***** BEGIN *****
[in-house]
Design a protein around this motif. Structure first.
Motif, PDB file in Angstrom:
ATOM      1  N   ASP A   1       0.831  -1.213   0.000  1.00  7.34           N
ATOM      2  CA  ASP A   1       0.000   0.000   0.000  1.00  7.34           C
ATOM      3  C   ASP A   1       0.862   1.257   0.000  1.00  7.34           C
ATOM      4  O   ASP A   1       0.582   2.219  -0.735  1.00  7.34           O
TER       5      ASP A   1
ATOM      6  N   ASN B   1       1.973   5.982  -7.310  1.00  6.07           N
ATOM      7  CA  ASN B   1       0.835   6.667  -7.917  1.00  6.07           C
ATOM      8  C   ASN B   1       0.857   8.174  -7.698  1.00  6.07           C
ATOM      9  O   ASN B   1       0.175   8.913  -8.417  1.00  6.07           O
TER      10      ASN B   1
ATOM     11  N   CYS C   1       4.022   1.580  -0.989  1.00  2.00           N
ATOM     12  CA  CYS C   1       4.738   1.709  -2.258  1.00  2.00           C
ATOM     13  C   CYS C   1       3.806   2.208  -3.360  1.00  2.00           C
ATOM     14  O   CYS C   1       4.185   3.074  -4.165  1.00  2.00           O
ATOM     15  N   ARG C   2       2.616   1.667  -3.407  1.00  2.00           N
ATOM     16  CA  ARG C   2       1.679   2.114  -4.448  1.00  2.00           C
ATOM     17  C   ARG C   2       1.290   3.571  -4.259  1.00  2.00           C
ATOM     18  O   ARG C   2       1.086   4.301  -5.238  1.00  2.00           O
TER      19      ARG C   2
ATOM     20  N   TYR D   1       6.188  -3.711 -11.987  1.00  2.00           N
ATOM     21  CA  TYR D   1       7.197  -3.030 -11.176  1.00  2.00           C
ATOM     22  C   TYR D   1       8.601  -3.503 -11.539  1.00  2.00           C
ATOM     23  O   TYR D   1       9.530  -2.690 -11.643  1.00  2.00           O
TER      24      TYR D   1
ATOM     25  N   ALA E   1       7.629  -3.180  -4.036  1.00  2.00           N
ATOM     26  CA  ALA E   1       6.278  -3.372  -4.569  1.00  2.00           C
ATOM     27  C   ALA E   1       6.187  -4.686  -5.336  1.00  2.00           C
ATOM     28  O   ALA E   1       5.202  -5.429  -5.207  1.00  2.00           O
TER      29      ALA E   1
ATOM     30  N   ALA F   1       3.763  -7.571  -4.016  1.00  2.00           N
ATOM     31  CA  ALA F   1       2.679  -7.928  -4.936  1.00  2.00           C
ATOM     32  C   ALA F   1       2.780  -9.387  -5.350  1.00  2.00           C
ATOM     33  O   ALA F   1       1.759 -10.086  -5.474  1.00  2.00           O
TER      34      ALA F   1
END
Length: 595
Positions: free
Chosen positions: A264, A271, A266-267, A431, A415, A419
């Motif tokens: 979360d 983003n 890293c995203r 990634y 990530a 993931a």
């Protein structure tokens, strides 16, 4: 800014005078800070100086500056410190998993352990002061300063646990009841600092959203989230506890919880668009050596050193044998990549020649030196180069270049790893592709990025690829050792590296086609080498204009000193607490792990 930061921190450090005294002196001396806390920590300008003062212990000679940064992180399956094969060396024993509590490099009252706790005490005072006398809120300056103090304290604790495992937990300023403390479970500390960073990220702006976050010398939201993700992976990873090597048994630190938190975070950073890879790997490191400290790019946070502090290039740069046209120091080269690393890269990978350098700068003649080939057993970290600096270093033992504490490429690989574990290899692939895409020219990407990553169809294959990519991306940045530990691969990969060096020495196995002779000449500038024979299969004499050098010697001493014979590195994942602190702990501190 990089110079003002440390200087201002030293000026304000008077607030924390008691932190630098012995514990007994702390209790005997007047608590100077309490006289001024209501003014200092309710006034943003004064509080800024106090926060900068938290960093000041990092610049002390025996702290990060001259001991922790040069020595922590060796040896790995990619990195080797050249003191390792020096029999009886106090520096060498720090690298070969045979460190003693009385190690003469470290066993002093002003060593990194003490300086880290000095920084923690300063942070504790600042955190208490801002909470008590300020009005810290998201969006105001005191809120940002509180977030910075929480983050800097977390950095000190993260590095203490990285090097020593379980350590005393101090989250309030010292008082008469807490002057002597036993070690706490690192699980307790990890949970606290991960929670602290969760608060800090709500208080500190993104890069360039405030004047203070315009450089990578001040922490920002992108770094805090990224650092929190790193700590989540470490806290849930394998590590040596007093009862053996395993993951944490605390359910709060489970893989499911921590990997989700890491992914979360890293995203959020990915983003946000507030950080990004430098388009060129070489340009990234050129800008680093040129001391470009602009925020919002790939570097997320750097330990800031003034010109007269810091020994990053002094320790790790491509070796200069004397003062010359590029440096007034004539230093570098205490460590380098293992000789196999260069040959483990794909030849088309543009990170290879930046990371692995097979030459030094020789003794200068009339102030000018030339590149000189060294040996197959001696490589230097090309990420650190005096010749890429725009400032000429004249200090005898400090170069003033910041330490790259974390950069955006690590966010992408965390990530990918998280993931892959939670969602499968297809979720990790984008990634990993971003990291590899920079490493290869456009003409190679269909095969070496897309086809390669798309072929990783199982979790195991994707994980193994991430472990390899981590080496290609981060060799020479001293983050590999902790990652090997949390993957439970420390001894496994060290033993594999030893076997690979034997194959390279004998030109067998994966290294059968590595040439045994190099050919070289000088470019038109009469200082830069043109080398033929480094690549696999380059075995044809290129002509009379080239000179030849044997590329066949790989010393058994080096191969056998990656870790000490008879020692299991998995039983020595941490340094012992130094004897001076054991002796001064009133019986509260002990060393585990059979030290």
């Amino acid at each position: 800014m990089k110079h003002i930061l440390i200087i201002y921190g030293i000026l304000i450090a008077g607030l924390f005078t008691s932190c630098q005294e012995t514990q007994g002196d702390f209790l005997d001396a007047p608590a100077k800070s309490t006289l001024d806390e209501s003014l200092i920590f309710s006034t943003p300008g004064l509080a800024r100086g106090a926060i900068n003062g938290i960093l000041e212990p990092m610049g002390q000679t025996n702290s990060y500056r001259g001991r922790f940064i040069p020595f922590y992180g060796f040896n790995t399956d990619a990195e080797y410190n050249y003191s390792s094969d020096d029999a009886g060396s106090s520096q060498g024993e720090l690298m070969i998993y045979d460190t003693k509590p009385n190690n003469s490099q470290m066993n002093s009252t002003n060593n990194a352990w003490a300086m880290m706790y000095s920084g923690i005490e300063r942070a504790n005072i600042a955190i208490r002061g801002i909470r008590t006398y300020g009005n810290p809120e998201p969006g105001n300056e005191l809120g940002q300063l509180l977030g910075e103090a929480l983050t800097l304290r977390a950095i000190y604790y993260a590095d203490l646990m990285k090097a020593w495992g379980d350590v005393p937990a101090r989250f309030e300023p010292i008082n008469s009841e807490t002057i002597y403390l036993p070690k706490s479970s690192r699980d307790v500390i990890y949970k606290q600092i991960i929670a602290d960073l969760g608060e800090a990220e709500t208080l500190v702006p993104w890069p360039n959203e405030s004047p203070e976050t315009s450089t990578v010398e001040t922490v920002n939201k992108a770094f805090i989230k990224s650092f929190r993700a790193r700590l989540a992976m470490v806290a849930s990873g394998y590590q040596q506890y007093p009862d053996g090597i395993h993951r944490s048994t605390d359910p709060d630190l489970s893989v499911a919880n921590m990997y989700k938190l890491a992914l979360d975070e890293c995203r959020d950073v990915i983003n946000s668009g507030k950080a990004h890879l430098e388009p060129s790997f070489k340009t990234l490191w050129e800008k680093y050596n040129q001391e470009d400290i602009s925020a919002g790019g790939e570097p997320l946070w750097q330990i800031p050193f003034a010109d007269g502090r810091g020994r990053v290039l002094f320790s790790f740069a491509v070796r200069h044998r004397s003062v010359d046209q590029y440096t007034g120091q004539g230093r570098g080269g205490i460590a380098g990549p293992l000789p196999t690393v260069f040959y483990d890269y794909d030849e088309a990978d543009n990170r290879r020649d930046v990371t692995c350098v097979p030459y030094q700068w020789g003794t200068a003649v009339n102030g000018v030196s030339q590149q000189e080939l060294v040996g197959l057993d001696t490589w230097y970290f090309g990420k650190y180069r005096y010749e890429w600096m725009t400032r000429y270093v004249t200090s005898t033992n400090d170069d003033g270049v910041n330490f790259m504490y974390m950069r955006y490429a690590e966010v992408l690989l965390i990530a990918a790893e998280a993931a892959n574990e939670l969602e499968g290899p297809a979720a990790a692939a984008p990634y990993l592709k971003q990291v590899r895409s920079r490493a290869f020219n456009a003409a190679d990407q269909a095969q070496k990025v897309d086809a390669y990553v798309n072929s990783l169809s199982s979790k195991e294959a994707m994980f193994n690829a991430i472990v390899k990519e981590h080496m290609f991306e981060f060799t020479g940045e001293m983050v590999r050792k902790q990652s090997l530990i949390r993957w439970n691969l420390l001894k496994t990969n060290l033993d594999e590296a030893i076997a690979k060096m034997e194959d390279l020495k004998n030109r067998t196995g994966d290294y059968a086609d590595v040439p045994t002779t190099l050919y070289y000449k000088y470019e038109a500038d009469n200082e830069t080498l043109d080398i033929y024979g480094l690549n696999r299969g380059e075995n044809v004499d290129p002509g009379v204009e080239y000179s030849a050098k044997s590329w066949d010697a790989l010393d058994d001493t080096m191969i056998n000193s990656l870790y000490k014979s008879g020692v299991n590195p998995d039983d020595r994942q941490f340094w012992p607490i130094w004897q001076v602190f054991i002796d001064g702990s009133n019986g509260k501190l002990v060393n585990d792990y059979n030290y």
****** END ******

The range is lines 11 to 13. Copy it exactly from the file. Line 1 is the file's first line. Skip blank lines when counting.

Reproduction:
ATOM      8  C   ASN B   1       0.857   8.174  -7.698  1.00  6.07           C
ATOM      9  O   ASN B   1       0.175   8.913  -8.417  1.00  6.07           O
TER      10      ASN B   1